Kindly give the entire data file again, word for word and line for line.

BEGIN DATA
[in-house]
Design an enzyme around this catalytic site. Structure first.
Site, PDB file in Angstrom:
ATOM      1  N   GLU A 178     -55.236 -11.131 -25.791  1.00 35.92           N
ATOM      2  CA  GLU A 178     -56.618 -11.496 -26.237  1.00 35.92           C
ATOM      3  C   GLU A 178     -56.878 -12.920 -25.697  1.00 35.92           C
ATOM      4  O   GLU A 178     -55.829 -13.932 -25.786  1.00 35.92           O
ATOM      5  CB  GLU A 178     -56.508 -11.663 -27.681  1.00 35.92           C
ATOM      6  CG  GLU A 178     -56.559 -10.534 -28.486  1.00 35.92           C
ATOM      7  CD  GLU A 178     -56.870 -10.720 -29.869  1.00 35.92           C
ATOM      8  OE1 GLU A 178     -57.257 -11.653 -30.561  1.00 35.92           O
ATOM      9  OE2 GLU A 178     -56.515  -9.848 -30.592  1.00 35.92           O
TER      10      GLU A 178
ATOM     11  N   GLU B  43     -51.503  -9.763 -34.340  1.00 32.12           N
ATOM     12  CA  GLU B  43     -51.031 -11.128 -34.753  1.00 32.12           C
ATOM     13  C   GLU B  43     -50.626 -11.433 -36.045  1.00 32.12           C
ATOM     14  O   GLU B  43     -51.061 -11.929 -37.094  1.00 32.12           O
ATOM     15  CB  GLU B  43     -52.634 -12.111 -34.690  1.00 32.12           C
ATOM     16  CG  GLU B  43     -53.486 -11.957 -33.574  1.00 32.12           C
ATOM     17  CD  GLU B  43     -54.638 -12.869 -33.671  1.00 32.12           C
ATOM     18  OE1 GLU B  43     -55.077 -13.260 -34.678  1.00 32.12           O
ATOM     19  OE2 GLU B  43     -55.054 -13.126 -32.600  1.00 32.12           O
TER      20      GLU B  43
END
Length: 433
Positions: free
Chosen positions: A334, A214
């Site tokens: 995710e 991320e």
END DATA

[in-house]
Design an enzyme around this catalytic site. Structure first.
Site, PDB file in Angstrom:
ATOM      1  N   GLU A 178     -55.236 -11.131 -25.791  1.00 35.92           N
ATOM      2  CA  GLU A 178     -56.618 -11.496 -26.237  1.00 35.92           C
ATOM      3  C   GLU A 178     -56.878 -12.920 -25.697  1.00 35.92           C
ATOM      4  O   GLU A 178     -55.829 -13.932 -25.786  1.00 35.92           O
ATOM      5  CB  GLU A 178     -56.508 -11.663 -27.681  1.00 35.92           C
ATOM      6  CG  GLU A 178     -56.559 -10.534 -28.486  1.00 35.92           C
ATOM      7  CD  GLU A 178     -56.870 -10.720 -29.869  1.00 35.92           C
ATOM      8  OE1 GLU A 178     -57.257 -11.653 -30.561  1.00 35.92           O
ATOM      9  OE2 GLU A 178     -56.515  -9.848 -30.592  1.00 35.92           O
TER      10      GLU A 178
ATOM     11  N   GLU B  43     -51.503  -9.763 -34.340  1.00 32.12           N
ATOM     12  CA  GLU B  43     -51.031 -11.128 -34.753  1.00 32.12           C
ATOM     13  C   GLU B  43     -50.626 -11.433 -36.045  1.00 32.12           C
ATOM     14  O   GLU B  43     -51.061 -11.929 -37.094  1.00 32.12           O
ATOM     15  CB  GLU B  43     -52.634 -12.111 -34.690  1.00 32.12           C
ATOM     16  CG  GLU B  43     -53.486 -11.957 -33.574  1.00 32.12           C
ATOM     17  CD  GLU B  43     -54.638 -12.869 -33.671  1.00 32.12           C
ATOM     18  OE1 GLU B  43     -55.077 -13.260 -34.678  1.00 32.12           O
ATOM     19  OE2 GLU B  43     -55.054 -13.126 -32.600  1.00 32.12           O
TER      20      GLU B  43
END
Length: 433
Positions: free
Chosen positions: A334, A214
């Site tokens: 995710e 991320e």